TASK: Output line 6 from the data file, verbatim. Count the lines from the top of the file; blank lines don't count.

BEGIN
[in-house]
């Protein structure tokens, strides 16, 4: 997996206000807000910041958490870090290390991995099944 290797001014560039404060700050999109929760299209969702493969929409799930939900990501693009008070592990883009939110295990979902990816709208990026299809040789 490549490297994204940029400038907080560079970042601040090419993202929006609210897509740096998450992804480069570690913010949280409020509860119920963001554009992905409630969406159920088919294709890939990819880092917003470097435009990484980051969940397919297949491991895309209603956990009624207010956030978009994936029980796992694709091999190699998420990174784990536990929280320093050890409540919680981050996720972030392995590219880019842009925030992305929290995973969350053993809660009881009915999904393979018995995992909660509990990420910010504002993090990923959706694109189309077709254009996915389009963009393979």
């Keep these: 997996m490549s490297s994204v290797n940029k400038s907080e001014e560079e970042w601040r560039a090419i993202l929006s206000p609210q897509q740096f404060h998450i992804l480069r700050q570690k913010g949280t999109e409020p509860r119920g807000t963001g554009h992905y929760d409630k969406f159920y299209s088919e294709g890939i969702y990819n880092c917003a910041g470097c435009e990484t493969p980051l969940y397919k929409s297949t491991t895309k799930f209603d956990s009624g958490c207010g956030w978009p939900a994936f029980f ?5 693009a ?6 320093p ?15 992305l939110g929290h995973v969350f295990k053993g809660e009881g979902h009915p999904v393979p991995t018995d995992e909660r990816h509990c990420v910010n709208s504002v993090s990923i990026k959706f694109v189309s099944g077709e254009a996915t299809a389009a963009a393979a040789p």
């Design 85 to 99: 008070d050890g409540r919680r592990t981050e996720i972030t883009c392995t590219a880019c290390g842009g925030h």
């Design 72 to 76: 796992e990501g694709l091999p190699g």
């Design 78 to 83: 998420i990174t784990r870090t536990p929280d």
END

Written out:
């Design 78 to 83: 998420i990174t784990r870090t536990p929280d």